Systems Genetics

Systems Genetics

Research in the Systems Genetics group is supported by large U.S. Department of Energy Biological and Environmental Research (BER) programs including the Bioenergy Science Center, the Plant-Microbe Interface SFA, CSiTE, as well as by individual investigator-driven projects from DOE and other federal agencies (NIH, NASA, NSF). Subject areas include biofuels and microbial engineering; the roles of microbes in plant development, in regional and global elemental cycles related to bioremediation and climate changes; the human microbiome and its role in health and disease; integrating genomic and microbiological approaches to study novel lineages of Archaea and Bacteria.

Systems Genetics

Publications

Reproductive Microbiomes: Using the Microbiome as a Novel Diagnostic Tool for Endometriosis

Background: Endometriosis is a chronic inflammatory disease which results in significant pain and long term reproductive consequences for up to 50% of infertile women. This study was focused to...

Root and Phizosphere Bacterial Phosphatase Activity Varies with Tree Species and Soil Phosphorus Availability in Puerto Rico Tropical Forest

Climatic conditions in tropical forests combined with the immobility of phosphorus due to sorption on mineral surfaces or result in soils typically lacking in the form of phosphorus (orthophosphate)...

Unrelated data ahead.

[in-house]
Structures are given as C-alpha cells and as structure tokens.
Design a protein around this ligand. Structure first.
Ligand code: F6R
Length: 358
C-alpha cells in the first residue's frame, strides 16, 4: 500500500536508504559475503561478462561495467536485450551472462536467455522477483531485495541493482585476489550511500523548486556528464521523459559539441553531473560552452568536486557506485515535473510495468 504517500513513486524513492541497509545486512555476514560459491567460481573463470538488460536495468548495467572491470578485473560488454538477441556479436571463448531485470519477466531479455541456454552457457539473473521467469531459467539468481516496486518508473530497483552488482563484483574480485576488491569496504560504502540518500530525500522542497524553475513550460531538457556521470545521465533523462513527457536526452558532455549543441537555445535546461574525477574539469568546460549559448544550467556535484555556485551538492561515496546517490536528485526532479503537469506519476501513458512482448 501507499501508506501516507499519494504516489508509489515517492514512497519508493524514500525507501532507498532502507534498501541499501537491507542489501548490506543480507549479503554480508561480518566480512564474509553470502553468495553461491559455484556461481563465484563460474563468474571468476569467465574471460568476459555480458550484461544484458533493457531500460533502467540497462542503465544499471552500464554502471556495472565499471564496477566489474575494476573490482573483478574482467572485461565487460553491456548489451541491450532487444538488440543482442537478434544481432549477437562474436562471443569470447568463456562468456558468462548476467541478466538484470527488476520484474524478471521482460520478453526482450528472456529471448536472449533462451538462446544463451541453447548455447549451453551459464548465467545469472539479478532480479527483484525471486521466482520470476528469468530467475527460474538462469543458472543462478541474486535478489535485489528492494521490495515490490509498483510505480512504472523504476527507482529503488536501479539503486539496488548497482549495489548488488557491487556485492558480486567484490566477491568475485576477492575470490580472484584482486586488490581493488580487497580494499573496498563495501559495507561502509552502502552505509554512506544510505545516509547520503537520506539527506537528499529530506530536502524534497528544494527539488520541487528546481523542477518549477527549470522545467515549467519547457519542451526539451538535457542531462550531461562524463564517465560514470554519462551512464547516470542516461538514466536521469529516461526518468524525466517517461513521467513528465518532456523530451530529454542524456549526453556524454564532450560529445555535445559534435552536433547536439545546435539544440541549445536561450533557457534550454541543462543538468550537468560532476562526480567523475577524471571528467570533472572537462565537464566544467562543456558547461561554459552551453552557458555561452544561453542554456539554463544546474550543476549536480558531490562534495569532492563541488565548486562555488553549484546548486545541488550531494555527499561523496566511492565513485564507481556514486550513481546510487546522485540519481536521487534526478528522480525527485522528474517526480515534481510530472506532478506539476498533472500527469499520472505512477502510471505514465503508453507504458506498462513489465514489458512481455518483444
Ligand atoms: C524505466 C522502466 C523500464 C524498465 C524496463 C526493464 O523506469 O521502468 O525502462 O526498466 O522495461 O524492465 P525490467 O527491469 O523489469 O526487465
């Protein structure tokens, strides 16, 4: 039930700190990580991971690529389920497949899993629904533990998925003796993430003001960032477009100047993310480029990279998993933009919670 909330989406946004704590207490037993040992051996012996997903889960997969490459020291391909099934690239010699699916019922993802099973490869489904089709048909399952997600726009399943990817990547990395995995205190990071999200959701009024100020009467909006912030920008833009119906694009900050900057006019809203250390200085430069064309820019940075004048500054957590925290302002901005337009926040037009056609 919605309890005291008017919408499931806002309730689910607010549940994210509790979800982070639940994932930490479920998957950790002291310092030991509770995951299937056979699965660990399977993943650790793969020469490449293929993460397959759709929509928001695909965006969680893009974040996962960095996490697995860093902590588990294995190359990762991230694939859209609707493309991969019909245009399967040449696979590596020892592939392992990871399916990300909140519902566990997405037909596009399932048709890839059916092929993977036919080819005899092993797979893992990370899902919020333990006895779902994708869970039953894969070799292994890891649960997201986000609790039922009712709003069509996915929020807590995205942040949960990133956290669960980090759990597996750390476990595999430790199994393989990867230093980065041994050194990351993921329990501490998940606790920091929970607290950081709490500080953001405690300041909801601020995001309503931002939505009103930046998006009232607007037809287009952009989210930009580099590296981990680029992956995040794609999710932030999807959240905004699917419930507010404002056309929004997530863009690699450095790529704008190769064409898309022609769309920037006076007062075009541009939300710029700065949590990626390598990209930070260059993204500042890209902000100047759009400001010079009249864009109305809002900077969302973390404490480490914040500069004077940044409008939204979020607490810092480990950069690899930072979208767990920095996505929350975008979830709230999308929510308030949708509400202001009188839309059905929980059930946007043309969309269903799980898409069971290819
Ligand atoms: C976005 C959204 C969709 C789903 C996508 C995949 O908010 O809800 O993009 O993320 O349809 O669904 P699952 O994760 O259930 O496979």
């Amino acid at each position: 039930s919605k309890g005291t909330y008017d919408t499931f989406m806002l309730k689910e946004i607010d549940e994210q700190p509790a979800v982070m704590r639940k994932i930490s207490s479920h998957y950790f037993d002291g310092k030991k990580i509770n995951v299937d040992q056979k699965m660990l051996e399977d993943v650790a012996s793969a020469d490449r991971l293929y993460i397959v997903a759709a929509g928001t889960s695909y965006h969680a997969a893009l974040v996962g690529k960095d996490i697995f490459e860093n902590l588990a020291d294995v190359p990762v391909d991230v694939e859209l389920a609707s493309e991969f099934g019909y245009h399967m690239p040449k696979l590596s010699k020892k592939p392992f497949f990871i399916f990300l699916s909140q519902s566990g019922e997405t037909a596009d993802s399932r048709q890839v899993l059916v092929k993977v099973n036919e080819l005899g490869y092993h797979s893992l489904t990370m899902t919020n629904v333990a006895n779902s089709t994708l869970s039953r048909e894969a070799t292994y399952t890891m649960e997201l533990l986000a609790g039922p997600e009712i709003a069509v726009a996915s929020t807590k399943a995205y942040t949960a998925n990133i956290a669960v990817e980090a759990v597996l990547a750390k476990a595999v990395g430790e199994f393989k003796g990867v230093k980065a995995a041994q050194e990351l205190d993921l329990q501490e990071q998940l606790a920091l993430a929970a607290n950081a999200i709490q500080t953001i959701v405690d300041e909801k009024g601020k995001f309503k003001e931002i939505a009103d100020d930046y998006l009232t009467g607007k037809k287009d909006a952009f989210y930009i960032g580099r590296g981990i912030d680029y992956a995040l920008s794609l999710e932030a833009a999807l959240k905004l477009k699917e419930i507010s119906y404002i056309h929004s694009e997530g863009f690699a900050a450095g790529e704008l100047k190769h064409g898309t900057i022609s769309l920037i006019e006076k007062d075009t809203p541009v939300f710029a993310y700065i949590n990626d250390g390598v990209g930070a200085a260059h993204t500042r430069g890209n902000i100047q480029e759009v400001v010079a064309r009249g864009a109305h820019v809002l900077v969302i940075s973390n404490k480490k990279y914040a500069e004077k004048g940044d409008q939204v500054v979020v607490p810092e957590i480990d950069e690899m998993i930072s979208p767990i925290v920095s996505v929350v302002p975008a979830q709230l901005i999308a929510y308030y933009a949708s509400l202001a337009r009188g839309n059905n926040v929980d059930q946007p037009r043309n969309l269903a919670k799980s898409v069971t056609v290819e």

A Complex Endomembrane System in the Archaeon Ignicoccus hospitalis Tapped by Nanoarchaeum equitans

Based on serial sectioning, focused ion beam scanning electron microscopy (FIB/SEM), and electron tomography, we depict in detail the highly unusual anatomy of the marine hyperthermophilic...

Capabilities & Research Areas

As part of these research areas, we study organisms (archaea, bacteria, fungi) from a wide range of environments, including terrestrial geothermal and marine hydrothermal systems, soils and plant rhizospheres, subsurface aquifers and forests and bogs. A wide range of approaches are being used, from traditional cultivation and physiology studies to community diversity characterization, metagenomics and single-cell genomics, integrated “omics” (transcriptomics-proteomics-metabolomics), and advanced cellular isolation and imaging.